In both academia and worldwide fandom, the American actress Cynthia Rothrock has been regarded as both the “Queen of Martial Arts” and the “Queen of Video”.


After a successful few years in mainstream Hong Kong action cinema, her time had come to be returned home and launched in the American market – this came in the form of the back-to-back shot China O’Brien (Robert Clouse, 1990) and China O’Brien II (Robert Clouse, 1990) – ultimately, instant cinematic failure led to instant home video stardom.


China O’Brien – an action movie – begins with the title character (Cynthia Rothrock) mistakenly shooting a child who she thought to be the bad guy, which ultimately leads to her resignation of being a cop in the big city. In a decision to “move on”, China literally does this by returning to her hometown in Utah, where her dad is the local sheriff, but a virtually powerless one, as he fails to dismantle corruption within the law, and remove the general baddies.

China’s world turns upside down when her father and another honest cop are both murdered via car bombs. The death of the sheriff entails an emergency election for a new sheriff, an election which China becomes a part of, in her quest for justice.

Ultimately, China wins the election (as you would expect), but plenty of fight sequences occur and they are what sell this movie.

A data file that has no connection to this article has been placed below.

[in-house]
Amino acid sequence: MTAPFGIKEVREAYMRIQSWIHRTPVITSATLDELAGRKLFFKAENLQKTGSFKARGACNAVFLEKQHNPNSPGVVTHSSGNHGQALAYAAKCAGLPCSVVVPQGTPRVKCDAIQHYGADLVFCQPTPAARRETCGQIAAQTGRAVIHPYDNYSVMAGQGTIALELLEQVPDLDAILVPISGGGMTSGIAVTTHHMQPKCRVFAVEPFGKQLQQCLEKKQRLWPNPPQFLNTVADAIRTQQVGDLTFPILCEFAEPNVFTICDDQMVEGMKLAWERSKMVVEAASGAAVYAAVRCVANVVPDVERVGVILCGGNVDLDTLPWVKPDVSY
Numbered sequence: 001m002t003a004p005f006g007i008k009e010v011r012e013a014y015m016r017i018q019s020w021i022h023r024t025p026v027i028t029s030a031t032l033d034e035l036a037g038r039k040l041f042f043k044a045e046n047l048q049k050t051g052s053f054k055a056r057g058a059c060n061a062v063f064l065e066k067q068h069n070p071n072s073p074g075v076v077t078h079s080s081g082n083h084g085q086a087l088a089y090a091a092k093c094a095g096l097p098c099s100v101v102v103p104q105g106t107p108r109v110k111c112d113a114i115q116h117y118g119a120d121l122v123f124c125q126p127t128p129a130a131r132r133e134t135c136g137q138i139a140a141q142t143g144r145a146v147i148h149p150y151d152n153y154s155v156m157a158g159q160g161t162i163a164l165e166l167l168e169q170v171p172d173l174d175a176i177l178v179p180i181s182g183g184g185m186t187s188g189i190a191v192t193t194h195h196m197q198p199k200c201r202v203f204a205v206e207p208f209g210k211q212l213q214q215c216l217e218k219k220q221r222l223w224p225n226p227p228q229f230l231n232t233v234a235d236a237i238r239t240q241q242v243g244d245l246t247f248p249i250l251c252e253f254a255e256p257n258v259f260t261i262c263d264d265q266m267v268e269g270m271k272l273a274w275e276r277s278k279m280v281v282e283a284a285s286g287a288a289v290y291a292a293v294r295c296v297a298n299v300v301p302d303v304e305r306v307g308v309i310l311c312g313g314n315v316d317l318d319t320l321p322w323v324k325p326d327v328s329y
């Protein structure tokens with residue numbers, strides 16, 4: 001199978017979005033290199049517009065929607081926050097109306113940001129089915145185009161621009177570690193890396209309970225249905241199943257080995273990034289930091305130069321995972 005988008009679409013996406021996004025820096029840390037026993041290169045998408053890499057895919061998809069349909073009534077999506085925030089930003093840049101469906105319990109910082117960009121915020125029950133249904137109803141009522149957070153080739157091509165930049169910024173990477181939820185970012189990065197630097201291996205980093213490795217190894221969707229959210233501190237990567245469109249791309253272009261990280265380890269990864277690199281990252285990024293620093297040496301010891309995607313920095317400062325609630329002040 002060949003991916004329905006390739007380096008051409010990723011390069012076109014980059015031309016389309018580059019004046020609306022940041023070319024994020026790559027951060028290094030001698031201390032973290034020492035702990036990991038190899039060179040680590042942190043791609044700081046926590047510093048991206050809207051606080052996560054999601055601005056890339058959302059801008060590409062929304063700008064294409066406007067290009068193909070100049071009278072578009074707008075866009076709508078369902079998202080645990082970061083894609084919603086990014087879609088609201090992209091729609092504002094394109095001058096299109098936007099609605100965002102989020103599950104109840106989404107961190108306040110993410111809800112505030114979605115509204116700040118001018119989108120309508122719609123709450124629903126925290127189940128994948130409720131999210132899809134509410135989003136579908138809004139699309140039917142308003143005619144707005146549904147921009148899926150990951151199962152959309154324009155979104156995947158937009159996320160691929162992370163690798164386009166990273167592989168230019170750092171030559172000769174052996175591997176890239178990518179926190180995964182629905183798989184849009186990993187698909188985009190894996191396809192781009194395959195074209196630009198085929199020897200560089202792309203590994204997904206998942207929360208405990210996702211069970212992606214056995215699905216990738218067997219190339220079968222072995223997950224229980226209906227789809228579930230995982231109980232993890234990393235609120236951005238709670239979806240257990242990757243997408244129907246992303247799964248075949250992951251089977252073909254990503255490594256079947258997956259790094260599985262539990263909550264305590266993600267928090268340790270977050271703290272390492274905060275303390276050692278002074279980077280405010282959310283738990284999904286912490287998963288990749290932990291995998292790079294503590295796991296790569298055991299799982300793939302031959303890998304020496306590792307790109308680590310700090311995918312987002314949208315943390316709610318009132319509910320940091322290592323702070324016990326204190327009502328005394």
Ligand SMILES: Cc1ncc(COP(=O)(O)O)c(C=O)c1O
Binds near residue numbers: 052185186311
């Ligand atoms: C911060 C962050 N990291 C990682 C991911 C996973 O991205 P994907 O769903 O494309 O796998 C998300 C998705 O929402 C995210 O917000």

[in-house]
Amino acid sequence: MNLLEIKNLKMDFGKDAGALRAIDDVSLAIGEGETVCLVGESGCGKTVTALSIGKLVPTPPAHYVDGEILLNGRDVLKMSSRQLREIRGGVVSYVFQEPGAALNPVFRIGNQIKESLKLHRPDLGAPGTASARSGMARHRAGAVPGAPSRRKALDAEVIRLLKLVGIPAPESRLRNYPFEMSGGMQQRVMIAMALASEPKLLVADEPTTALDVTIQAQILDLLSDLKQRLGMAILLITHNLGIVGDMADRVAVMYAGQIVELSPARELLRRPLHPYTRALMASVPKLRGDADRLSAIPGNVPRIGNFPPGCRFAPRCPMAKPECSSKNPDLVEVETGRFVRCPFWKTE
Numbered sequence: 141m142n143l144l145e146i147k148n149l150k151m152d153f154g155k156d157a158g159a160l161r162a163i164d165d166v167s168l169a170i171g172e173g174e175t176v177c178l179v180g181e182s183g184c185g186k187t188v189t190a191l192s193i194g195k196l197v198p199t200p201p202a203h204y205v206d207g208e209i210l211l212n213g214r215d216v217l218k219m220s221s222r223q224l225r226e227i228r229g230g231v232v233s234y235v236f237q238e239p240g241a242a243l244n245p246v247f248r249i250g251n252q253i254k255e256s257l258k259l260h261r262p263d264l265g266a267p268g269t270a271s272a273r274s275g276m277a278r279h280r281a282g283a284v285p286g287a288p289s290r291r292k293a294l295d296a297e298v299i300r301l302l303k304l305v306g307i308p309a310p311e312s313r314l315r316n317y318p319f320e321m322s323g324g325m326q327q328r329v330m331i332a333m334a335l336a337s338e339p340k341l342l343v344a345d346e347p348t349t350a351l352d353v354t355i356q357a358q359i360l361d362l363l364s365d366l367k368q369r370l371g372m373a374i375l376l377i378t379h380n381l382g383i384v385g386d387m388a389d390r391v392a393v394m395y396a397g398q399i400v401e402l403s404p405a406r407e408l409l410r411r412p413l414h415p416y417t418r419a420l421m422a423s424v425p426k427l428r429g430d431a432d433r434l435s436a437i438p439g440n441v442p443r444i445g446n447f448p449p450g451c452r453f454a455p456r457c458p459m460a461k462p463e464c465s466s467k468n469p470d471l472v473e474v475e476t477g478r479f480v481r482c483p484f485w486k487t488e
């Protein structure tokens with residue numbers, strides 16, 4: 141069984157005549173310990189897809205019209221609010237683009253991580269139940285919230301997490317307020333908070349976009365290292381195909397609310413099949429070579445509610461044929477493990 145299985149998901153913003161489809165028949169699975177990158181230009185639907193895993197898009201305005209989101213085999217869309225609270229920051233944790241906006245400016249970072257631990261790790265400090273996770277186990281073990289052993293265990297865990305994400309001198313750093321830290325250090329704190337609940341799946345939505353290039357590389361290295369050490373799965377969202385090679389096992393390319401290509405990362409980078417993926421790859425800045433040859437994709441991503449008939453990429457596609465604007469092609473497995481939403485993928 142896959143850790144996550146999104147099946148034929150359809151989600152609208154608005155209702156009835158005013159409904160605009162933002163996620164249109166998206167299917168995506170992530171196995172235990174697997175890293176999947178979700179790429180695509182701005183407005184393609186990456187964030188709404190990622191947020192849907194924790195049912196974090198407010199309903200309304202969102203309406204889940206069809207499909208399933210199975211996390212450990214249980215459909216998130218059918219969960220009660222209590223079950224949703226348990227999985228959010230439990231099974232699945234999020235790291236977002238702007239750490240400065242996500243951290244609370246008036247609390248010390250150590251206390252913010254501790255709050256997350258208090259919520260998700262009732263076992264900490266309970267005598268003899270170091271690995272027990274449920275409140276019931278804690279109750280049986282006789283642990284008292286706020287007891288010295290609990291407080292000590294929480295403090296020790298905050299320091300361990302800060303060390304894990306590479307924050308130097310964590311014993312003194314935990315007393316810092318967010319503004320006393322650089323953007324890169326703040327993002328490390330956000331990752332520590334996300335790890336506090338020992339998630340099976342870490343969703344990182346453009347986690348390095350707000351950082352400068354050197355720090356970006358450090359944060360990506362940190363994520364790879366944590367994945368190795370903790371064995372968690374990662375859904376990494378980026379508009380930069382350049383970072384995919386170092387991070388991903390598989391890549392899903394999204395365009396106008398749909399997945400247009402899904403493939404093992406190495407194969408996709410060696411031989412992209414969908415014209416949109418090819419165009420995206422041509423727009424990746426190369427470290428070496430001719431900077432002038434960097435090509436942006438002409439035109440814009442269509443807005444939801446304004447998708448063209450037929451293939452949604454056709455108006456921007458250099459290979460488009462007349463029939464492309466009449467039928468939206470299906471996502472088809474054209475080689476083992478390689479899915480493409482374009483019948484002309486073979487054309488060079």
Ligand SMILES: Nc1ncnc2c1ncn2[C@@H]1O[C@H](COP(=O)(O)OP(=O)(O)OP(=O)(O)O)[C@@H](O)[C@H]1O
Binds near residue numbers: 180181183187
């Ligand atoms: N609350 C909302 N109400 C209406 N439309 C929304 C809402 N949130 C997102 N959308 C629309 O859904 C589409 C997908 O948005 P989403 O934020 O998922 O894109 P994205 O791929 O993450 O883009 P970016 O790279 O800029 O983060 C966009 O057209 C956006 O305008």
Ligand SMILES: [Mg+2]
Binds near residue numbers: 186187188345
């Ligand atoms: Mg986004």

And here are the key players:

  • Cynthia Rothrock (Martial LawNo Retreat No Surrender 2) is China O’Brien, the film’s heroine.
  • Richard Norton (co-star of plenty of Rothrock’s films) is Matt Conroy, the double-denim-wearing and muscle-car-driving Aussie hunk boyfriend of China.
  • Keith Cooke (stuntman) is Dakota, a motorbike-riding sidekick of China, but stalker at first.

The trio pictured below for the sequel:


Most importantly, China O’Brien was produced by Golden Harvest – a big Hong Kong producer. However, films (at the time in Hong Kong) were made much cheaper and much quicker than their American counterparts, hence why the production values of China O’Brien are quite poor in comparison to the more typical American action films of the time (late 1980s/1990).

Sound effects in China O’Brien are comedic to say the least – the same sound effect is used for Matt/Richard Norton’s punches, kicks and jumps… why?

Two occurrences in the story are unintentionally hilarious:

  • Dakota is stalking China and Matt – he pursues China on his motorbike – however, both China and Matt corner Dakota, which results in them quizzing him over who he is and why he’s stalking. Dakota confirms that he is fighting the same people as China, this leads to the next shot being of Dakota in China’s house… eating a bowl of cereal by himself… very, very strange.
  • The ballot box for the election is protected in the local high school gym by two sporty friends of Matt, who are in possession of walkie-talkies to contact Matt if the bad guys appear. The bad guys do appear – they attempt to steal the ballot box in order to rig the election, so that a corrupt individual can win. The funny bit is that the ballot box is symbolised like bank money or state-of-the-art weaponry seen in other movies.


Ultimately, China O’Brien (along with majority of Rothrock’s films) is specifically aimed at fans of martial arts and B-movie action, and mostly direct-to-video audiences at the time of release, or that era in general.

My final rating: Not Rothrock’s best film.

Why not have a China O’Brien-viewing party with your friends?

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